Cover image for Fair ball! : 14 great stars from baseball's Negro leagues
Title:
Fair ball! : 14 great stars from baseball's Negro leagues
Author:
Winter, Jonah, 1962-
Personal Author:
Edition:
First edition.
Publication Information:
New York : Scholastic Press, 1999.
Physical Description:
1 volume (unpaged) : color illustrations ; 26 cm
Summary:
Short biographies of fourteen outstanding players in the United States Negro Leagues, including Pop Lloyd, Oscar Charleston, and Buck Leonard.
Language:
English
Contents:
Rube Foster -- Willie Foster -- Satchel Paige -- Josh Gibson -- Biz Mackey -- Buck Leonard -- Mule Suttles -- Bingo DeMoss -- Martin Dihigo -- Judy Johnson -- Boojum Wilson -- Pop Lloyd -- Cool Papa Bell -- Oscar Charleston.
Reading Level:
770 Lexile.
Program Information:
Reading Counts RC 3-5 4.7 2 Quiz: 18733.
ISBN:
9780590394642
Format :
Book

Available:*

Library
Call Number
Material Type
Home Location
Status
Frank E. Merriweather Library GV865.A1 W56 1999 Juvenile Non-Fiction Open Shelf
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Summary

Summary

Most young baseball fans have heard of Babe Ruth and Lou Gehrig, but what about "Pop" Lloyd or Buck Leonard? Including full-page portraits and fascinating information, this stunning book profiles fourteen legends of baseball's Negro Leagues.


Author Notes

Children's author and illustrator Jonah Winter was born in Fort Worth, Texas in 1962. He has created many popular books, including works about baseball and biographies of famous individuals including Frida Kahlo, Roberto Clemente, and Barack Obama.

(Bowker Author Biography)


Reviews 3

Booklist Review

Gr. 3^-5. Sometimes celebrated for their literary merit, baseball books seldom receive accolades for their artwork. Here, Winter's distinctive, painterly illustrations make the strongest statements in the book, conveying a powerful sense of the presence and personality of each man portrayed. This illustrated guide to the Negro Leagues features information about each player on the left-hand page; opposite are the portraits proportioned like a supersized baseball card. Players include Cool Papa Bell, Josh Gibson, Judy Johnson, Satchel Paige, and Martin Dihigo. Though similar in concept to Lawrence Ritter's Leagues Apart (1995), this book covers only 18 players, allowing for fuller coverage. Each entry contains personal information as well as a player's career history and a few paragraphs describing his accomplishments, stats, and personal style. Evidently based on photographs, some posed and others capturing action on the field, Winter's highly individualized pictures make their statements through heightened contrast, broad areas of flat or textured color, and a sure sense of composition. Written in a colloquial style, this book conveys Winter's enthusiasm for his subject. A good link between Ritter's book for somewhat younger readers and longer nonfiction on the history of the Negro Leagues. --Carolyn Phelan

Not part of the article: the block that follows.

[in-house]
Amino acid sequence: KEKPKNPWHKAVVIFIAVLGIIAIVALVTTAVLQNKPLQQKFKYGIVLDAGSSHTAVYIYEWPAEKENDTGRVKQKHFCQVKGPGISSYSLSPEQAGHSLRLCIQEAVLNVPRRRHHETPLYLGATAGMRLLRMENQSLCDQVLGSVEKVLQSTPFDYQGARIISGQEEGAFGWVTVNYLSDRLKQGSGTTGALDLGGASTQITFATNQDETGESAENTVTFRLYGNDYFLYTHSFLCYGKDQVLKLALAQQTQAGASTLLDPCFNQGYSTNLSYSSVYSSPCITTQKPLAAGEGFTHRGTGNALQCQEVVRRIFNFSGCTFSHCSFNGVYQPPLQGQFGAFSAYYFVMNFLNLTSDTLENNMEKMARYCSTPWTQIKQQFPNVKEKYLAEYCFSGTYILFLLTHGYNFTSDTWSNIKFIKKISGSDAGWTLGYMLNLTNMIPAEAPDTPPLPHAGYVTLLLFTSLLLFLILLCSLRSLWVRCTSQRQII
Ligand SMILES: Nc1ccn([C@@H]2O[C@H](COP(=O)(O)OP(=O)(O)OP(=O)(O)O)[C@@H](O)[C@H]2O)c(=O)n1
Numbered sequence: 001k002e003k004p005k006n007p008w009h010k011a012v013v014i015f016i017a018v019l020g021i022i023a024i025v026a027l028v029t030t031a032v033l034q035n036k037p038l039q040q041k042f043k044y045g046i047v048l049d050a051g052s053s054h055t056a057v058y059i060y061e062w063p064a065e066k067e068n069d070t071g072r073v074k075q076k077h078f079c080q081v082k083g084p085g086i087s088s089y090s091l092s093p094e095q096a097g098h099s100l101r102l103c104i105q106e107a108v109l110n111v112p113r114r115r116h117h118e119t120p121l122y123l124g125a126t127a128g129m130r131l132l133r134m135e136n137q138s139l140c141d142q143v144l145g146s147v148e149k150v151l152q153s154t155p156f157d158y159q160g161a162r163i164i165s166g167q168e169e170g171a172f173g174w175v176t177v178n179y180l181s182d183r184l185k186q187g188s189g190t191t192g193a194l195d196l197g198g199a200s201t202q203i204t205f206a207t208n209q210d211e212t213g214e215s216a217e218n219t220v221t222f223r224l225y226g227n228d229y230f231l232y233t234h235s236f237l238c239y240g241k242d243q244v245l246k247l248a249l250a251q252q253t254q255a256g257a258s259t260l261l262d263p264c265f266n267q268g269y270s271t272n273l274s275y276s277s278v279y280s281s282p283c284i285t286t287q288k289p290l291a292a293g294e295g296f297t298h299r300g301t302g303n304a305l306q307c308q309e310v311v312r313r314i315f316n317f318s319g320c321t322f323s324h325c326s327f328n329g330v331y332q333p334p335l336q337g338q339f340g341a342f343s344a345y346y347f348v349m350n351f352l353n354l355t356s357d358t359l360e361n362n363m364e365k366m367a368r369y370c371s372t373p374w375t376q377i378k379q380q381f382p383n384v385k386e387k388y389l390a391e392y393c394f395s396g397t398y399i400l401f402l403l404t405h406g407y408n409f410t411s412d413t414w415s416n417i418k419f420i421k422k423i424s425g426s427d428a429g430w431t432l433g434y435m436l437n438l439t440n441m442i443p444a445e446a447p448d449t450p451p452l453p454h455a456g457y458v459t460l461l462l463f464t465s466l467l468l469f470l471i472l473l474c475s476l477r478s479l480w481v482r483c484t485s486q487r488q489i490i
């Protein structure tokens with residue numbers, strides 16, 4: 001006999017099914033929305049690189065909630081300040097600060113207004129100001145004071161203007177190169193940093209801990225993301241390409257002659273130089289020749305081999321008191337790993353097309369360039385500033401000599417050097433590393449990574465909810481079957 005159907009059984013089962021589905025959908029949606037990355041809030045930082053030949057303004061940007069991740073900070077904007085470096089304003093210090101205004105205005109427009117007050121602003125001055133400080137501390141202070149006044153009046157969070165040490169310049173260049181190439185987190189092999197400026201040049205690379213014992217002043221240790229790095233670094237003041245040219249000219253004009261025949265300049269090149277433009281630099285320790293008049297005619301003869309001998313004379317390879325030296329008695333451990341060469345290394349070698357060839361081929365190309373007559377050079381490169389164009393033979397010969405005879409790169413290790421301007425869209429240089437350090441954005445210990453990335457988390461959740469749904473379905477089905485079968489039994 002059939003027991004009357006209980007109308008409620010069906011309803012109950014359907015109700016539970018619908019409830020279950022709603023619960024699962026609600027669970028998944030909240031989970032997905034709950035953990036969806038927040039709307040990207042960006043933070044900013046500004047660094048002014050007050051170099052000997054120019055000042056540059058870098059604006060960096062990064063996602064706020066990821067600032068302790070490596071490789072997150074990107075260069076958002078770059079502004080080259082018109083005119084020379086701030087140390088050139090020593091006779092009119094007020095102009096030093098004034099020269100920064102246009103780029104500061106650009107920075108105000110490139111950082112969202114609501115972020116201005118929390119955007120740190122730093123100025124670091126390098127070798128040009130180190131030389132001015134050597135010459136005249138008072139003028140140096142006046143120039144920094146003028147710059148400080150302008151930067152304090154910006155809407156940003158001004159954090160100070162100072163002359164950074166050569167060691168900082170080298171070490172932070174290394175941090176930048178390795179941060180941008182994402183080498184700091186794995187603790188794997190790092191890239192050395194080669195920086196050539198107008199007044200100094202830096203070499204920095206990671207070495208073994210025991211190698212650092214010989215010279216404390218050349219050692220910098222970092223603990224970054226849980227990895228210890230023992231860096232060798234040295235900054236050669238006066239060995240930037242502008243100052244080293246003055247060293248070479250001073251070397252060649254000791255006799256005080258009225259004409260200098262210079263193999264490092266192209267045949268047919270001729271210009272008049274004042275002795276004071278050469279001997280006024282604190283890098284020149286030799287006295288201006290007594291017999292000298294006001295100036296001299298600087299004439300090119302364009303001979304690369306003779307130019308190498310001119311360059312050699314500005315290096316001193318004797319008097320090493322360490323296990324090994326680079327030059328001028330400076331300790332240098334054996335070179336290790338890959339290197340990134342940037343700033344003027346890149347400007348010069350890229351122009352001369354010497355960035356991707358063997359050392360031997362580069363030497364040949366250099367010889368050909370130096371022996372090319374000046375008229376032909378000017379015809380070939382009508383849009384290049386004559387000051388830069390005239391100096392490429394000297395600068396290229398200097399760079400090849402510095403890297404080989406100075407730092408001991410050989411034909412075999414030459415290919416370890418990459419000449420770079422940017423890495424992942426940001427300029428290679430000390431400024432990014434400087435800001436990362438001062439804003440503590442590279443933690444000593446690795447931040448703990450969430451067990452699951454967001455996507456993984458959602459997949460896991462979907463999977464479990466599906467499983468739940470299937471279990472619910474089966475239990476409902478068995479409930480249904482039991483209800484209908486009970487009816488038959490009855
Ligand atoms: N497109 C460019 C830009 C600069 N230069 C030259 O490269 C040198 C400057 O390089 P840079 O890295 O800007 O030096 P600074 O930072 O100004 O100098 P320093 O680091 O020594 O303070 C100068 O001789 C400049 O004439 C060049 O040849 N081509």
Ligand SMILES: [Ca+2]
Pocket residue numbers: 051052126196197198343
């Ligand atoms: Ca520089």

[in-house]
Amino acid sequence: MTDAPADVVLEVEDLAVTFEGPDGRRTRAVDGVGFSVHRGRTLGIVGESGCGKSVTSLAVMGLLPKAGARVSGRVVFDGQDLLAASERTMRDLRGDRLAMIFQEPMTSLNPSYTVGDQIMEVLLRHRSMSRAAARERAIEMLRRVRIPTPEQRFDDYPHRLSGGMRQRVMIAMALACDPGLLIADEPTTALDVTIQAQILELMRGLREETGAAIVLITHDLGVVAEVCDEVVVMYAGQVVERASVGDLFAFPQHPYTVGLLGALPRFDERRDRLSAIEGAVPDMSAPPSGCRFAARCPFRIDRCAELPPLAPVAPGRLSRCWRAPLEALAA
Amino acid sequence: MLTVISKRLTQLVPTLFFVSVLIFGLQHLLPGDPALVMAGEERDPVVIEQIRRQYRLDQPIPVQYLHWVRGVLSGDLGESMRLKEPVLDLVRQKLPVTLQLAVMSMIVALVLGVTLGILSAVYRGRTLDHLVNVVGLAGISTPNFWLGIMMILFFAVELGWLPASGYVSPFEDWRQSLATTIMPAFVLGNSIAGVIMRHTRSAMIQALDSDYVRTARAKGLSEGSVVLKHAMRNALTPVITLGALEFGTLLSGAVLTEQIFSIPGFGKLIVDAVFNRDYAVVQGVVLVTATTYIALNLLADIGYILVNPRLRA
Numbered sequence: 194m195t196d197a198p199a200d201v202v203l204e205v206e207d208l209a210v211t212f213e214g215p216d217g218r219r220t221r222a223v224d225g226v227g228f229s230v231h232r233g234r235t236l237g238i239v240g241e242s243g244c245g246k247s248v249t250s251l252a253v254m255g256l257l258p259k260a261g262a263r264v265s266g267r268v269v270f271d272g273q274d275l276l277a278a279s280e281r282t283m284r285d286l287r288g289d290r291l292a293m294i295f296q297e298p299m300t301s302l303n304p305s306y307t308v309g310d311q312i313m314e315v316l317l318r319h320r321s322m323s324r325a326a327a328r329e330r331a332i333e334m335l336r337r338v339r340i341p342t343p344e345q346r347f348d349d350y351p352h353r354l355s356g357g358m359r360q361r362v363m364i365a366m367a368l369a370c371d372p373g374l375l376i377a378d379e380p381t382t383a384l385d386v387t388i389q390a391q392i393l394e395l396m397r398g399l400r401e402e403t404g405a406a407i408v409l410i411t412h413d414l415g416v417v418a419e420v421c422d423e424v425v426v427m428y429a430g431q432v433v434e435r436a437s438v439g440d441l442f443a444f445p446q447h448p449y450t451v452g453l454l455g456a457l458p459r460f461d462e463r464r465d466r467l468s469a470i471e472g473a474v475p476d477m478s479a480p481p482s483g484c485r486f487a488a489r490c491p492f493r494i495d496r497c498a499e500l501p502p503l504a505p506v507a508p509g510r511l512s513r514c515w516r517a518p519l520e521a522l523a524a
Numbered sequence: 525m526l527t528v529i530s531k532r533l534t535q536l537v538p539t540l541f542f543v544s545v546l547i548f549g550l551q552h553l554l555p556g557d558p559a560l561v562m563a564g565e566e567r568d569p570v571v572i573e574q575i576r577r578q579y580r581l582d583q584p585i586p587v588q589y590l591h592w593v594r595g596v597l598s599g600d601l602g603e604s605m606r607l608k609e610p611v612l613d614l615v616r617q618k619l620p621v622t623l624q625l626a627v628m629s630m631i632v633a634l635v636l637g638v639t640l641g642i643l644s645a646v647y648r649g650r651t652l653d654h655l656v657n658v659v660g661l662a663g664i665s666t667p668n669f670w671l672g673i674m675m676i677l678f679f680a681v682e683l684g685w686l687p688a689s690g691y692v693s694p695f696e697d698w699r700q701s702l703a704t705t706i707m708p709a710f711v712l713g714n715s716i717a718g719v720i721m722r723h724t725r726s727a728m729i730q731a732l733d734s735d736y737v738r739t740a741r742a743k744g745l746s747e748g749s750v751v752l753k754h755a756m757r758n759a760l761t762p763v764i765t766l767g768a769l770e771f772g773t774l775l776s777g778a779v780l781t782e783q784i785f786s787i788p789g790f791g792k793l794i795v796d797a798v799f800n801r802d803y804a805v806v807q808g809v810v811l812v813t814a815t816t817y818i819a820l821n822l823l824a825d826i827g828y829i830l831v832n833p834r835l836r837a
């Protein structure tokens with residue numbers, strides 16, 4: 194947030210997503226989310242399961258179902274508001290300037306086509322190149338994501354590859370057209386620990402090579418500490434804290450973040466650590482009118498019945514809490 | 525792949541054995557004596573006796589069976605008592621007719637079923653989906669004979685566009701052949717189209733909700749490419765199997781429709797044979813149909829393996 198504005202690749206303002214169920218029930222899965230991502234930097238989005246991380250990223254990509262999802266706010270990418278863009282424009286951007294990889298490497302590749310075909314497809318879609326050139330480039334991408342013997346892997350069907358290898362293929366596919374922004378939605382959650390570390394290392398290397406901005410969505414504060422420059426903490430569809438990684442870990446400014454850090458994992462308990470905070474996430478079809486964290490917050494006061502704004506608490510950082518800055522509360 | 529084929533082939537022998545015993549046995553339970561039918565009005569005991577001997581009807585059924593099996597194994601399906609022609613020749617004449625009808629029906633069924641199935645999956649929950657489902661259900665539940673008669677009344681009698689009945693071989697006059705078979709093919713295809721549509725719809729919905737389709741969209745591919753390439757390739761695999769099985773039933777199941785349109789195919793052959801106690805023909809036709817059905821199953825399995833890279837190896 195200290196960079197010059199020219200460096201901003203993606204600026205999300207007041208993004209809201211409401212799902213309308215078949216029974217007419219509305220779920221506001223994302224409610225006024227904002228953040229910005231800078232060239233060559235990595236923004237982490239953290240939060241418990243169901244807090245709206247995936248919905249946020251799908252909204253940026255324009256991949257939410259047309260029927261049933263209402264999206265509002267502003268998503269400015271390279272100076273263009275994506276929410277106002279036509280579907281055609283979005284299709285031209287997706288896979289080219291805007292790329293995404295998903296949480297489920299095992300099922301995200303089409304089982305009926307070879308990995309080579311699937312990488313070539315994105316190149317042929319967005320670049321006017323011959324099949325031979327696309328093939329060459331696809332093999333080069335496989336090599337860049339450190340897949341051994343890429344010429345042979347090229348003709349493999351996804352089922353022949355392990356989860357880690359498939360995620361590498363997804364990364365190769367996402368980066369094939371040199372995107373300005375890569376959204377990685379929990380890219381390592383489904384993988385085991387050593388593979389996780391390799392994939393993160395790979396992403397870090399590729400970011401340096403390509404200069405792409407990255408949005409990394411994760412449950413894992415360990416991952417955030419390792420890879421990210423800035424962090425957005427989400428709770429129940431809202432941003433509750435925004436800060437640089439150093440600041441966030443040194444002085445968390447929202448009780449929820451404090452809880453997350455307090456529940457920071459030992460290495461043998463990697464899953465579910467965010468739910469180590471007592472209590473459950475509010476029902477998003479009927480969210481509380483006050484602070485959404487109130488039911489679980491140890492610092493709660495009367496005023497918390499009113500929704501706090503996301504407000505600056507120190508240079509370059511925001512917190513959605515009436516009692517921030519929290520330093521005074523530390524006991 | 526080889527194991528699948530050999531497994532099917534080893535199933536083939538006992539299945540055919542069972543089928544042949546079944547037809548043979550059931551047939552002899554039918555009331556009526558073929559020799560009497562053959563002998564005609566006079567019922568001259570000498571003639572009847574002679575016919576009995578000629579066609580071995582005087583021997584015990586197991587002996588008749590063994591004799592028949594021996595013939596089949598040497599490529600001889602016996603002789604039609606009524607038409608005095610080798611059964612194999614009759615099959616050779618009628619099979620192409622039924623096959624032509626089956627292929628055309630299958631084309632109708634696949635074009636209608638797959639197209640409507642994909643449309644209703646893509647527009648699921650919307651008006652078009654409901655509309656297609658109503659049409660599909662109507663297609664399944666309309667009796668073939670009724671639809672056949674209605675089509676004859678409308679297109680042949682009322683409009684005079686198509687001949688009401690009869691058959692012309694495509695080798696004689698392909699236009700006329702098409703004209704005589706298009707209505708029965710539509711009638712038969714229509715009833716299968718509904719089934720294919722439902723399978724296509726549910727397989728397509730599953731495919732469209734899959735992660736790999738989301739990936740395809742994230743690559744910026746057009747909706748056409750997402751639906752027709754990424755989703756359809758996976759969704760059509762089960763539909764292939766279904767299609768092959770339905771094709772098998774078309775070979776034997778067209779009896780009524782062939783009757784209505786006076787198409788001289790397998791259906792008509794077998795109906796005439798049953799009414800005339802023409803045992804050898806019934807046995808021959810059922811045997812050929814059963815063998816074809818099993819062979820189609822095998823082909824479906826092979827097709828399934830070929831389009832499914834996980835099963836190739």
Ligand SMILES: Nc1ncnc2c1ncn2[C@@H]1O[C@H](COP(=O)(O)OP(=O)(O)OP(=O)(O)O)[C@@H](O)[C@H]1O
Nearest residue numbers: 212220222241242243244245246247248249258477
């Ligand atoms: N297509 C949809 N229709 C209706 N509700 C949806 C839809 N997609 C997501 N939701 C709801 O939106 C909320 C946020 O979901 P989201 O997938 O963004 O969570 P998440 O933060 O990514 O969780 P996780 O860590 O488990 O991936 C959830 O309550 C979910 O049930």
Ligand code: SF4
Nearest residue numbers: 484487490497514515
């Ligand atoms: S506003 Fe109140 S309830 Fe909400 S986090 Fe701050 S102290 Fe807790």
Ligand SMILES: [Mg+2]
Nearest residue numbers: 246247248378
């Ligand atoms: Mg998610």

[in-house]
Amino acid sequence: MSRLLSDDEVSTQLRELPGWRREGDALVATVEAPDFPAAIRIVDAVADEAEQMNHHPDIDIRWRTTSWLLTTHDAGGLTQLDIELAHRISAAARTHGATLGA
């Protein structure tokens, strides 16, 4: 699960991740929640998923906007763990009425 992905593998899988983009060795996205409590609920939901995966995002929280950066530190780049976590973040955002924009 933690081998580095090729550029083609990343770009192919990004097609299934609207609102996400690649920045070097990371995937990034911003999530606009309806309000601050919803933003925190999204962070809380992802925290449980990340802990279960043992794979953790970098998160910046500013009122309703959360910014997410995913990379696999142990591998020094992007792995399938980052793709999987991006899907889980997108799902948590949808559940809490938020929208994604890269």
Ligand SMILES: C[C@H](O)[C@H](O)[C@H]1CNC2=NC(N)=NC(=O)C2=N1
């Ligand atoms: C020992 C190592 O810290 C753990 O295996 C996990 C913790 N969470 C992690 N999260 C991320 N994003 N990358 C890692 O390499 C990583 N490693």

Publisher's Weekly Review

"Certain to be a hit with kids who take baseball seriously, this volume devotes a spread each to 14 stars of the Negro Leagues, from pitcher Satchel Paige to center fielder Oscar Charleston," said PW. Ages 7-10. (Apr.) (c) Copyright PWxyz, LLC. All rights reserved


School Library Journal Review

Gr 3-6-Each of these Negro-League players is accorded a page of text and a full-color painting. While brief, the profiles do convey something of the character and significance of each athlete. Readers learn, for instance, that legendary New York Giants manager John McGraw considered Negro Leagues star Oscar Charleston to be the greatest player he ever saw, and that Cool Papa Bell was so fast that "he could turn off the light and be in bed before it was dark." Players who were positive role models for youngsters are duly noted, as are those who were not: it is made clear that both Charleston and Boojum Wilson were mean, ill-tempered individuals who loved to fight. There are points about which one could quibble (e.g., Winter's assertion that Rube Foster "invented" the squeeze play, hit-and-run, and double steal) but on balance this is a good, highly accessible introduction to a group of athletes who deserve to be as well known as their white counterparts.-Richard Luzer, Fair Haven Union High School, VT (c) Copyright 2010. Library Journals LLC, a wholly owned subsidiary of Media Source, Inc. No redistribution permitted.


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